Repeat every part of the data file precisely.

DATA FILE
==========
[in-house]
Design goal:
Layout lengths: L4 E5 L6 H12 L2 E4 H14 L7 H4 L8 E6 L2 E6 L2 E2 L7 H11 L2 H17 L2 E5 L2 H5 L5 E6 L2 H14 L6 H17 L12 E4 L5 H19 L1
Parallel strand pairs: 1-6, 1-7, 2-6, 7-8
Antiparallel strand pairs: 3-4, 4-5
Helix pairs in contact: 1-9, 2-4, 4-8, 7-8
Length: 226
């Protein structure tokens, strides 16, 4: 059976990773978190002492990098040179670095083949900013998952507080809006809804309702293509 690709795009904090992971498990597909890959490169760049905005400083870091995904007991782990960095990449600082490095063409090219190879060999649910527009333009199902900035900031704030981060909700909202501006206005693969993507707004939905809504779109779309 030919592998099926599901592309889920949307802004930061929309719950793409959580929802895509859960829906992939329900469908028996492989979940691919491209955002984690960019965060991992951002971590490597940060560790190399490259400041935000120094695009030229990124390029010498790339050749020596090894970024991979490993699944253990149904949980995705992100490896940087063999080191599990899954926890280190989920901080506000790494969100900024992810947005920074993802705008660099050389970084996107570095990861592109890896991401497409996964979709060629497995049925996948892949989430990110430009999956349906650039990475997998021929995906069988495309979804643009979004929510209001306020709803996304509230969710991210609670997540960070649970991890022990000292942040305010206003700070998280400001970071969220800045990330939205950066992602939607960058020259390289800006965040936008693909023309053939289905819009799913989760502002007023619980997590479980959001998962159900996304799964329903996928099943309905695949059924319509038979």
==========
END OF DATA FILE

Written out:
[in-house]
Design goal:
Layout lengths: L4 E5 L6 H12 L2 E4 H14 L7 H4 L8 E6 L2 E6 L2 E2 L7 H11 L2 H17 L2 E5 L2 H5 L5 E6 L2 H14 L6 H17 L12 E4 L5 H19 L1
Parallel strand pairs: 1-6, 1-7, 2-6, 7-8
Antiparallel strand pairs: 3-4, 4-5
Helix pairs in contact: 1-9, 2-4, 4-8, 7-8
Length: 226
């Protein structure tokens, strides 16, 4: 059976990773978190002492990098040179670095083949900013998952507080809006809804309702293509 690709795009904090992971498990597909890959490169760049905005400083870091995904007991782990960095990449600082490095063409090219190879060999649910527009333009199902900035900031704030981060909700909202501006206005693969993507707004939905809504779109779309 030919592998099926599901592309889920949307802004930061929309719950793409959580929802895509859960829906992939329900469908028996492989979940691919491209955002984690960019965060991992951002971590490597940060560790190399490259400041935000120094695009030229990124390029010498790339050749020596090894970024991979490993699944253990149904949980995705992100490896940087063999080191599990899954926890280190989920901080506000790494969100900024992810947005920074993802705008660099050389970084996107570095990861592109890896991401497409996964979709060629497995049925996948892949989430990110430009999956349906650039990475997998021929995906069988495309979804643009979004929510209001306020709803996304509230969710991210609670997540960070649970991890022990000292942040305010206003700070998280400001970071969220800045990330939205950066992602939607960058020259390289800006965040936008693909023309053939289905819009799913989760502002007023619980997590479980959001998962159900996304799964329903996928099943309905695949059924319509038979």